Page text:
Outward, Inward, Upward Part 1 of 2
by John Lowe
(Laurens SC, USA)
Text: Therefore pray the Lord of the harvest to send out laborers into His harvest. (Matthew 9:38)
Scripture Reading: Matthew 9:35-38
I have never been out of the USA, but I have heard that traveling in other countries is often an overwhelming experience. The reasons for that are the over-population and the great poverty that seems to be everywhere. The city of Delhi, India, for example, has a larger population than all of New England. Mexico City’s population is around twenty million. Manila has over ten million people. Many of these over-populated areas have “squatter villages” near city dumps where inhabitants scavenge for food. How should we respond to these desperate situations? Our government often throws money at the problem through the foreign aid program. On the other hand, we don’t have to go outside our borders to find similar conditions; they are here, they are local and they are very personal. Every day, people around us are in crisis.
So, the question is, “What can we do to help?” Jesus gives us the answer in today’s text; Matthew 9:36-38.
35 Then Jesus went about all the cities and villages, teaching in their synagogues, preaching the gospel of the kingdom, and healing every sickness and every disease among the people.
36 But when He saw the multitudes, He was moved with compassion for them, because they were weary and scattered, like sheep having no shepherd.
37 Then He said to His disciples, “The harvest truly is plentiful, but the laborers are few.
38 Therefore pray the Lord of the harvest to send out laborers into His harvest.”
Jesus gives us a picture here of the world being ready for a great spiritual harvest, but in need of laborers to gather it into the barns. He urges the disciples to pray that the Lord of the harvest, who is Jesus Himself, will send forth the workers to gather it.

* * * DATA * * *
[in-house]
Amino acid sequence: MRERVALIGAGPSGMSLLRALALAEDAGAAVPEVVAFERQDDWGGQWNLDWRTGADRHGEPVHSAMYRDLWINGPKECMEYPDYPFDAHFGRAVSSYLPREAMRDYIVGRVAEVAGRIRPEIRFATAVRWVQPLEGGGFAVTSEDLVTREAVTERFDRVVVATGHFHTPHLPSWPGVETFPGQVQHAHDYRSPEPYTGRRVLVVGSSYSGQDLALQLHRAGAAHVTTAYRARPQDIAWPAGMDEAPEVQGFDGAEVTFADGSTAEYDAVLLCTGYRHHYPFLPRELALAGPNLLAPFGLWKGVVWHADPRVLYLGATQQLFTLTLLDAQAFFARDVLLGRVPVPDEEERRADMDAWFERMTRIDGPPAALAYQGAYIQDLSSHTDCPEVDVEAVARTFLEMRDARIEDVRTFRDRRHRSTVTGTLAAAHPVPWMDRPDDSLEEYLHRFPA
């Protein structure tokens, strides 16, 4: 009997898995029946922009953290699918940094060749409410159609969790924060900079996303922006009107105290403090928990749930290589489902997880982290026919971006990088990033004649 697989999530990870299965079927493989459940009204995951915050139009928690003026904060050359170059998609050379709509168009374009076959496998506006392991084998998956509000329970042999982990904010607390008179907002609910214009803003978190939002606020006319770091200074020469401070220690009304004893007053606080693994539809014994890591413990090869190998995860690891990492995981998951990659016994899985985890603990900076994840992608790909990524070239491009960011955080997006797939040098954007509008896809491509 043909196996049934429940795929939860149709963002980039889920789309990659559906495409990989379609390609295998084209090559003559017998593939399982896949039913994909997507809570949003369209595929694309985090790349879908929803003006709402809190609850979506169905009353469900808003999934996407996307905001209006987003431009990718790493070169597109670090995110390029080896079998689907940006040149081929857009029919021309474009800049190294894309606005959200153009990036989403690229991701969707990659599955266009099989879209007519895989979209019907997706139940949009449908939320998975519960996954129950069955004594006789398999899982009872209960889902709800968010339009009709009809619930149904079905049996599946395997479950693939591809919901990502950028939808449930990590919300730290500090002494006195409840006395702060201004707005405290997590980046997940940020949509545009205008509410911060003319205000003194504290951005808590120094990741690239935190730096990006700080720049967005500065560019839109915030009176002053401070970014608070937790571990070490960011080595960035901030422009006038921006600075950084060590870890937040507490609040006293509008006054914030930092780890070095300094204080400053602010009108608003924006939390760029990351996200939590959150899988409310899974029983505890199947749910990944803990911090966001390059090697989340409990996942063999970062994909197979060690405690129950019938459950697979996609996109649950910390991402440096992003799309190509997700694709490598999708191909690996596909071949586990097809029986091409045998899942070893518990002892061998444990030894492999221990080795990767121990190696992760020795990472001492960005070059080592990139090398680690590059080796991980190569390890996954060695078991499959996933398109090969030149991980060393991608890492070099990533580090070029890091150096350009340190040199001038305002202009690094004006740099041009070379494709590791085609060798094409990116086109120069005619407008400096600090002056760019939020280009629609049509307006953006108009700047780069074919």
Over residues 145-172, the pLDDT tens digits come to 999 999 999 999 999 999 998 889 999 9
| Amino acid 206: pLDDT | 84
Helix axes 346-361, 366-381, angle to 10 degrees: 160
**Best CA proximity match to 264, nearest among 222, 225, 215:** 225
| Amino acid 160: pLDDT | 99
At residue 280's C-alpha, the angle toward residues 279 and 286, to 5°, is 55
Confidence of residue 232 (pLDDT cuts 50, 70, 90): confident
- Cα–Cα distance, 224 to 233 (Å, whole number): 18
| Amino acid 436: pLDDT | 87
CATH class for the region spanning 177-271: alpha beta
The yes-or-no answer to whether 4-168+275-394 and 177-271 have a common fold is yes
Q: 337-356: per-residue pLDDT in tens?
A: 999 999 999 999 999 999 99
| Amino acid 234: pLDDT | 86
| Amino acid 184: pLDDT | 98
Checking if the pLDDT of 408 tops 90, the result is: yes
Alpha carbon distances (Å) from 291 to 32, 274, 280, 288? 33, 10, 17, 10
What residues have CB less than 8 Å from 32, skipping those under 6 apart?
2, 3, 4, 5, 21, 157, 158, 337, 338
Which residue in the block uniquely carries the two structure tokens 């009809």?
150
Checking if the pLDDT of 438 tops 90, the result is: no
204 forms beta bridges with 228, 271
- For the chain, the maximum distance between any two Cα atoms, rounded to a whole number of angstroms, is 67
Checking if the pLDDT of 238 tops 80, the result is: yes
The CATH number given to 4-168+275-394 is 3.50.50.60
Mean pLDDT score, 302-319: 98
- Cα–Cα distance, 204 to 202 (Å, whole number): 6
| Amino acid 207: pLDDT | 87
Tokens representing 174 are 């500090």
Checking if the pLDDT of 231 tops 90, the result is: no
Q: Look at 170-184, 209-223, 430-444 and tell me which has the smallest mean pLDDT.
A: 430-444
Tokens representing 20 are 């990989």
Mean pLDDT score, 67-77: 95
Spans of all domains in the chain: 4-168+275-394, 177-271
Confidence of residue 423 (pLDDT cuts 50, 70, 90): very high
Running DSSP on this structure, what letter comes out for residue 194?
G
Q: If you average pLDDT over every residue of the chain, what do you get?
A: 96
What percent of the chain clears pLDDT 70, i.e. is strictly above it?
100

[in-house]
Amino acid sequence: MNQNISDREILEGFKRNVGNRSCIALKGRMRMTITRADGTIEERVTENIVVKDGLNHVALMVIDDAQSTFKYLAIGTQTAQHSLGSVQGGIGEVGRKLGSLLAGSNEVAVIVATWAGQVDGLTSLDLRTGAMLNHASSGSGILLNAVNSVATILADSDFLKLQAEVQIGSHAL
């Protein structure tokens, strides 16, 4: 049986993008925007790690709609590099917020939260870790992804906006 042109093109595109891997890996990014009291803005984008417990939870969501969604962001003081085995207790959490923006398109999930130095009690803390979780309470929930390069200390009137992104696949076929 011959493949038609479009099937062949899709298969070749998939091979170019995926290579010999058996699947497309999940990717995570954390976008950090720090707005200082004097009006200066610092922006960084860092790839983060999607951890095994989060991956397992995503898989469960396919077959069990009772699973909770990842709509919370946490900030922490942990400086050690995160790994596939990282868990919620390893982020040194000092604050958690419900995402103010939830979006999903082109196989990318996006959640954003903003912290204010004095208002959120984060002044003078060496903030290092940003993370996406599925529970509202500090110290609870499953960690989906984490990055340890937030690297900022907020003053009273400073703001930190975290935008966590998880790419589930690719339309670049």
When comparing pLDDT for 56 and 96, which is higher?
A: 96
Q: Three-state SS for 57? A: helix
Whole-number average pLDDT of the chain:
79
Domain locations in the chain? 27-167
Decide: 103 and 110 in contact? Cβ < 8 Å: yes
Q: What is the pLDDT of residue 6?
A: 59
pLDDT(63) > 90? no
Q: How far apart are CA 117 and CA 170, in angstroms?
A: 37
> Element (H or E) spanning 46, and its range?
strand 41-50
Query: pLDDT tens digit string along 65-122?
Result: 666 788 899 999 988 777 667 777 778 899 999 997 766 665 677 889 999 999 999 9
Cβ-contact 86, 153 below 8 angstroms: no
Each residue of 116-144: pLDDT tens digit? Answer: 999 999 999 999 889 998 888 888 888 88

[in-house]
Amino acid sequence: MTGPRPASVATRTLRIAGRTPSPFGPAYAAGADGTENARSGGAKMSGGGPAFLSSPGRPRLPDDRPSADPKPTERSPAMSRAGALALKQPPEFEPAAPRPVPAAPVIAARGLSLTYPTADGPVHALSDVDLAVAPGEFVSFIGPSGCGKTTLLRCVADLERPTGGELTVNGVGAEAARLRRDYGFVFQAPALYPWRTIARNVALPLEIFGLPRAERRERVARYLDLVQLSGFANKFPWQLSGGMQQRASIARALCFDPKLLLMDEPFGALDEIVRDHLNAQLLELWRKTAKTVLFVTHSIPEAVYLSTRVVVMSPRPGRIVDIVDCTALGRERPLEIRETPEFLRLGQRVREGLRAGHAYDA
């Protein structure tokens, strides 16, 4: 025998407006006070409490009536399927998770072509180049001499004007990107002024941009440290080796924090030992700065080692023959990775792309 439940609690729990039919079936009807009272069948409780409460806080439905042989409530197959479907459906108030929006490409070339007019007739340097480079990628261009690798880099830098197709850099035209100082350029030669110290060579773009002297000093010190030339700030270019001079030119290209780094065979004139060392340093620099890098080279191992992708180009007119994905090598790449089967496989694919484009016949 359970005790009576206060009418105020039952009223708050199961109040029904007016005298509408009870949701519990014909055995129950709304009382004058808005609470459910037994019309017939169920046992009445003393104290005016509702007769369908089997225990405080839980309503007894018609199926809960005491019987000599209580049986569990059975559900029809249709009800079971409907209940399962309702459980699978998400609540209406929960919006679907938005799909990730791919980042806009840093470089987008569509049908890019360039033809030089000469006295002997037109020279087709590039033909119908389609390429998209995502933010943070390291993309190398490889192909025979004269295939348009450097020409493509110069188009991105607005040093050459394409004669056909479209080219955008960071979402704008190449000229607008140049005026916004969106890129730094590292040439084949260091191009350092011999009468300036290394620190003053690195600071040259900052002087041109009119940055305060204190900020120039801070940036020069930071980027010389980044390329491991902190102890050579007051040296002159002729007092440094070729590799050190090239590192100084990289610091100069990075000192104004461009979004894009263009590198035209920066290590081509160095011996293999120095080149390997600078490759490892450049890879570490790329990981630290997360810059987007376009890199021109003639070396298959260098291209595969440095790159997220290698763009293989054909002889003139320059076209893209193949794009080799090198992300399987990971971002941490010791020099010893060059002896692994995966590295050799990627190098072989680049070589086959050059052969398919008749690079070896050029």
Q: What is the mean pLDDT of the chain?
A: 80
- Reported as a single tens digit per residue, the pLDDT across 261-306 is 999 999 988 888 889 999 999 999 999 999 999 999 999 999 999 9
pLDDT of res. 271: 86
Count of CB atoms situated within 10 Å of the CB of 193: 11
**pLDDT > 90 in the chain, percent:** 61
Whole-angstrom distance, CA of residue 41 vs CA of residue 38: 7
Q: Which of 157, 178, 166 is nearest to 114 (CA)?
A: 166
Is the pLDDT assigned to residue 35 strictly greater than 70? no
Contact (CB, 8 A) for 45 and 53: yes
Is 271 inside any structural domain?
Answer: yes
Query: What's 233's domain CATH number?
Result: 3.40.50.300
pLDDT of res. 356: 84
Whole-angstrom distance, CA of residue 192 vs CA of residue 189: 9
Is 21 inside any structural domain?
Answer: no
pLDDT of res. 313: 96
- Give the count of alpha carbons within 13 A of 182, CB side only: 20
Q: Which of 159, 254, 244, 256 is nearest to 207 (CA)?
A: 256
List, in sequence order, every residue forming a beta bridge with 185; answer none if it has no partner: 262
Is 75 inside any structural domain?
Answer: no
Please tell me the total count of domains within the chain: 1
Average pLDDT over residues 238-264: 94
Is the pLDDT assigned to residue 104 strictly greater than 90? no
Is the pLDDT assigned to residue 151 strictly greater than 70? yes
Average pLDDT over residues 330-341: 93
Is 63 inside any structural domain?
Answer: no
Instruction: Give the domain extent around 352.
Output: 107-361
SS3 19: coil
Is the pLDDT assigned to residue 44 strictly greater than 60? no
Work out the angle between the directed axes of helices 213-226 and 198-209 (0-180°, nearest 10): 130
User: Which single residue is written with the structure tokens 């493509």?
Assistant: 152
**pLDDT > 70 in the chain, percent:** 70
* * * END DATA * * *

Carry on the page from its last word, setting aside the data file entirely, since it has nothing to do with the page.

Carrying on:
Have you noticed that very often it happens that those who pray end-up being sent themselves? I had a friend by the name of Melvin who prayed for someone to help me in children’s church. God answered his prayer; He said, “Melvin you’re the one.” I think God wanted to use him there all along, but Melvin had to pray and ask before God would let him know. The Lord Jesus told His disciples, there are three ways that people will respond to the needs of others.
They will have an OUTWARD RESPONSE, or an INWARD RESPONSE, or an UPWARD RESPONSE. That’s today’s message. We are going to look at each of these responses, since we may react in one or more of these ways when we face hard times, or when we see others suffering and in need.
Let’s begin with Our Outward Response (v.36).
Jesus was affected by what he saw, and he was sorry for them. We read, “But when He saw the multitudes, He was moved with compassion for them, because they were weary and scattered, like sheep having no shepherd.” The word compassion means to “suffer alongside.” God’s eyes are eyes of compassion, but what does He see? About six hundred million people